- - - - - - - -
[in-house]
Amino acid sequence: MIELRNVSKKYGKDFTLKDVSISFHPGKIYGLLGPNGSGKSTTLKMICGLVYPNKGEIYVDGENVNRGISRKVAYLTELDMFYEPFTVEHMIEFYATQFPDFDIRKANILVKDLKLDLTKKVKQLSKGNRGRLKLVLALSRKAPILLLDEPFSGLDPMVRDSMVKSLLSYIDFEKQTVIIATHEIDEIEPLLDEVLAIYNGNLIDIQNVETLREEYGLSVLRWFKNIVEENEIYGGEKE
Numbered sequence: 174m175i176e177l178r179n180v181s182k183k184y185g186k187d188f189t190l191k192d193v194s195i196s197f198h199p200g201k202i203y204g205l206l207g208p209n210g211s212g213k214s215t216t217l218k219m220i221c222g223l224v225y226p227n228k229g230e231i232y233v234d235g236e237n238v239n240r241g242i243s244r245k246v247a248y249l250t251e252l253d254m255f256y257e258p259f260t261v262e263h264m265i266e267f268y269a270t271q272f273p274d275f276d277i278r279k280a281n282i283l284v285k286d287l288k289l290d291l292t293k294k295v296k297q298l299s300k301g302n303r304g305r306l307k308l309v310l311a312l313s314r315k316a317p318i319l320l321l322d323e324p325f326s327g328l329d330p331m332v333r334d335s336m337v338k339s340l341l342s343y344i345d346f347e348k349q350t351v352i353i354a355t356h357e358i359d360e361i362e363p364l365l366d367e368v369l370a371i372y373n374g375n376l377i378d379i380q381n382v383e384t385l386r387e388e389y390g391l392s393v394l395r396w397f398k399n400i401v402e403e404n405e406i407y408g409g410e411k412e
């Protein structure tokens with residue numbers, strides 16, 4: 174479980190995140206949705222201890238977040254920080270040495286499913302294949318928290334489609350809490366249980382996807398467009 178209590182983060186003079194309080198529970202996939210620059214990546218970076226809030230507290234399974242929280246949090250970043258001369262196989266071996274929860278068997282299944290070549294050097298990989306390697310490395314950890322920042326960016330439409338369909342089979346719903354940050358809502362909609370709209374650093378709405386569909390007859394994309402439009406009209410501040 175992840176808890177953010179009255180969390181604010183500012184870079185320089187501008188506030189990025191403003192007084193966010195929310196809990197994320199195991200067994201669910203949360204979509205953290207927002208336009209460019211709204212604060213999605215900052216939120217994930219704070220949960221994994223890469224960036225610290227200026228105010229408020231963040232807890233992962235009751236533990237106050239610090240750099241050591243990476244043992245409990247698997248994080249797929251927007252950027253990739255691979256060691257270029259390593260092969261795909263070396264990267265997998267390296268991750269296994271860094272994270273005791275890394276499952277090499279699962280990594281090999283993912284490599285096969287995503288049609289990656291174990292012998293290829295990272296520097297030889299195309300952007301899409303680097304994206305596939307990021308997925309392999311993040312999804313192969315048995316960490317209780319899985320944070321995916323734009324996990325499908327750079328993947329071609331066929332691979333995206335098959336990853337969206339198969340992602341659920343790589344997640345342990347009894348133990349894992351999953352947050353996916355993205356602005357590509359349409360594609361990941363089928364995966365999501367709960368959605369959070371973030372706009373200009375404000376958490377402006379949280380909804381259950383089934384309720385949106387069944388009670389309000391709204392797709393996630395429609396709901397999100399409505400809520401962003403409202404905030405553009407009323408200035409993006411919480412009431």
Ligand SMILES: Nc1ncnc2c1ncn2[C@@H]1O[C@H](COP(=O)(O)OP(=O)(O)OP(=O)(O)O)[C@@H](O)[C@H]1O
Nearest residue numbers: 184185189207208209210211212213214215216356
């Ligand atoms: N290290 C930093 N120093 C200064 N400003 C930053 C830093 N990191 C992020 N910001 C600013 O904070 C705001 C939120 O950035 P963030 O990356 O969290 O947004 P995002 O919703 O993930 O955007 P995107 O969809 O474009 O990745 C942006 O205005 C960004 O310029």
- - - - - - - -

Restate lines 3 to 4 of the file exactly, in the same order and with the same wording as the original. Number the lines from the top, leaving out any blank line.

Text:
Numbered sequence: 174m175i176e177l178r179n180v181s182k183k184y185g186k187d188f189t190l191k192d193v194s195i196s197f198h199p200g201k202i203y204g205l206l207g208p209n210g211s212g213k214s215t216t217l218k219m220i221c222g223l224v225y226p227n228k229g230e231i232y233v234d235g236e237n238v239n240r241g242i243s244r245k246v247a248y249l250t251e252l253d254m255f256y257e258p259f260t261v262e263h264m265i266e267f268y269a270t271q272f273p274d275f276d277i278r279k280a281n282i283l284v285k286d287l288k289l290d291l292t293k294k295v296k297q298l299s300k301g302n303r304g305r306l307k308l309v310l311a312l313s314r315k316a317p318i319l320l321l322d323e324p325f326s327g328l329d330p331m332v333r334d335s336m337v338k339s340l341l342s343y344i345d346f347e348k349q350t351v352i353i354a355t356h357e358i359d360e361i362e363p364l365l366d367e368v369l370a371i372y373n374g375n376l377i378d379i380q381n382v383e384t385l386r387e388e389y390g391l392s393v394l395r396w397f398k399n400i401v402e403e404n405e406i407y408g409g410e411k412e
């Protein structure tokens with residue numbers, strides 16, 4: 174479980190995140206949705222201890238977040254920080270040495286499913302294949318928290334489609350809490366249980382996807398467009 178209590182983060186003079194309080198529970202996939210620059214990546218970076226809030230507290234399974242929280246949090250970043258001369262196989266071996274929860278068997282299944290070549294050097298990989306390697310490395314950890322920042326960016330439409338369909342089979346719903354940050358809502362909609370709209374650093378709405386569909390007859394994309402439009406009209410501040 175992840176808890177953010179009255180969390181604010183500012184870079185320089187501008188506030189990025191403003192007084193966010195929310196809990197994320199195991200067994201669910203949360204979509205953290207927002208336009209460019211709204212604060213999605215900052216939120217994930219704070220949960221994994223890469224960036225610290227200026228105010229408020231963040232807890233992962235009751236533990237106050239610090240750099241050591243990476244043992245409990247698997248994080249797929251927007252950027253990739255691979256060691257270029259390593260092969261795909263070396264990267265997998267390296268991750269296994271860094272994270273005791275890394276499952277090499279699962280990594281090999283993912284490599285096969287995503288049609289990656291174990292012998293290829295990272296520097297030889299195309300952007301899409303680097304994206305596939307990021308997925309392999311993040312999804313192969315048995316960490317209780319899985320944070321995916323734009324996990325499908327750079328993947329071609331066929332691979333995206335098959336990853337969206339198969340992602341659920343790589344997640345342990347009894348133990349894992351999953352947050353996916355993205356602005357590509359349409360594609361990941363089928364995966365999501367709960368959605369959070371973030372706009373200009375404000376958490377402006379949280380909804381259950383089934384309720385949106387069944388009670389309000391709204392797709393996630395429609396709901397999100399409505400809520401962003403409202404905030405553009407009323408200035409993006411919480412009431």